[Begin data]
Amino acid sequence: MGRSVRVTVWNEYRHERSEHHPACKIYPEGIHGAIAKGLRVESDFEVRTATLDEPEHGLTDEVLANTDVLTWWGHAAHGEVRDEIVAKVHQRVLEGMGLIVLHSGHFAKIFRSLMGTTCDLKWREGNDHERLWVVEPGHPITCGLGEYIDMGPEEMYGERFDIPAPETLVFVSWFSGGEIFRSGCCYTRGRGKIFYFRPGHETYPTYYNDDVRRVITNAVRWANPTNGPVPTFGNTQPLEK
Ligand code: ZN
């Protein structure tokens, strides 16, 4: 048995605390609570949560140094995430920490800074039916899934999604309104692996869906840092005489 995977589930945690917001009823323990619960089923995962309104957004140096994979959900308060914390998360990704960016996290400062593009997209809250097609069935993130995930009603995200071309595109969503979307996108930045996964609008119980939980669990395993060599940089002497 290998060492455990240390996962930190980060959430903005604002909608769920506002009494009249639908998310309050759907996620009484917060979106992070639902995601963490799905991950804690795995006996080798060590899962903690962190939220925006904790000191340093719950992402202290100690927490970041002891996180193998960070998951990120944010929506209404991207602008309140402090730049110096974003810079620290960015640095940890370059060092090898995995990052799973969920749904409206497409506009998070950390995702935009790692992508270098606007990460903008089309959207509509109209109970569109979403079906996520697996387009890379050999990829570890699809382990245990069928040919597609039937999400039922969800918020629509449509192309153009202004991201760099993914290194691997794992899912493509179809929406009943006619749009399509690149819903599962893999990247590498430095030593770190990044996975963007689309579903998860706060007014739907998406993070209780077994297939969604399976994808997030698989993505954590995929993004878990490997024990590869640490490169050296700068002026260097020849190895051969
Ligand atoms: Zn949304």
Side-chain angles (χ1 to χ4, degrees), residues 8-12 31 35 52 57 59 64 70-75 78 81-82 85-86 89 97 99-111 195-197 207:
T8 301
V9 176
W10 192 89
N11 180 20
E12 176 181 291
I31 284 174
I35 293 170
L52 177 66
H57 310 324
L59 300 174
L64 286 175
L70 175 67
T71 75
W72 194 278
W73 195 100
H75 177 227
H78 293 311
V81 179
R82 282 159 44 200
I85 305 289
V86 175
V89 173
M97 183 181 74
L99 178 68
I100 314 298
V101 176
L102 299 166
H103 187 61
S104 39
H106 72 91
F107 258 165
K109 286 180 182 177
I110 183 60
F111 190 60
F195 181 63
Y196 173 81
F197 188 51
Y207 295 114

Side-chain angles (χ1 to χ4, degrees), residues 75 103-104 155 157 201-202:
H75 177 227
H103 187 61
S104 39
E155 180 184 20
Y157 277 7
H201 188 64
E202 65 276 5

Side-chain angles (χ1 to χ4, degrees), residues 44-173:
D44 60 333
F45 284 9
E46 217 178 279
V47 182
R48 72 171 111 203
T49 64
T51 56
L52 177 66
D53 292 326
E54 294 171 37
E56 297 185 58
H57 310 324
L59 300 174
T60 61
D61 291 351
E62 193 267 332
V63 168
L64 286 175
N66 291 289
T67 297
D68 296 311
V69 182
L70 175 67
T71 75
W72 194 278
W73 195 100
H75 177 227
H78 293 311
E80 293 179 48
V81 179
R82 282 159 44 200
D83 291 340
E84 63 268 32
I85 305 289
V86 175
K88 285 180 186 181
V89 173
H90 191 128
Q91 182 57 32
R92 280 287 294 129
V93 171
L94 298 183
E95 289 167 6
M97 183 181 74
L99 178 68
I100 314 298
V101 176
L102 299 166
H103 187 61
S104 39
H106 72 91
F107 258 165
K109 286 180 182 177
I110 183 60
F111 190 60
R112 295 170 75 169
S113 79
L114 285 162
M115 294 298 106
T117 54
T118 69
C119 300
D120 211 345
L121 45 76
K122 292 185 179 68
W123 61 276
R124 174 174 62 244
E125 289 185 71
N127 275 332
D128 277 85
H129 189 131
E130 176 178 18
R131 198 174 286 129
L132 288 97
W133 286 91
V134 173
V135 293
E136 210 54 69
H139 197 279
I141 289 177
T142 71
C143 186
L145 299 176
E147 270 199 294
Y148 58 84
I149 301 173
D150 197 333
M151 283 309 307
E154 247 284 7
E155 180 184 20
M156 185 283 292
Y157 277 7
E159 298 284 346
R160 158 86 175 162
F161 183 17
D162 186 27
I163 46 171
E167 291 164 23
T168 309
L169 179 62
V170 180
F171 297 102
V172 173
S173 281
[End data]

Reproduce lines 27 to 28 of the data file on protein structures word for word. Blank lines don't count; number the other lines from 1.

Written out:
V89 173
M97 183 181 74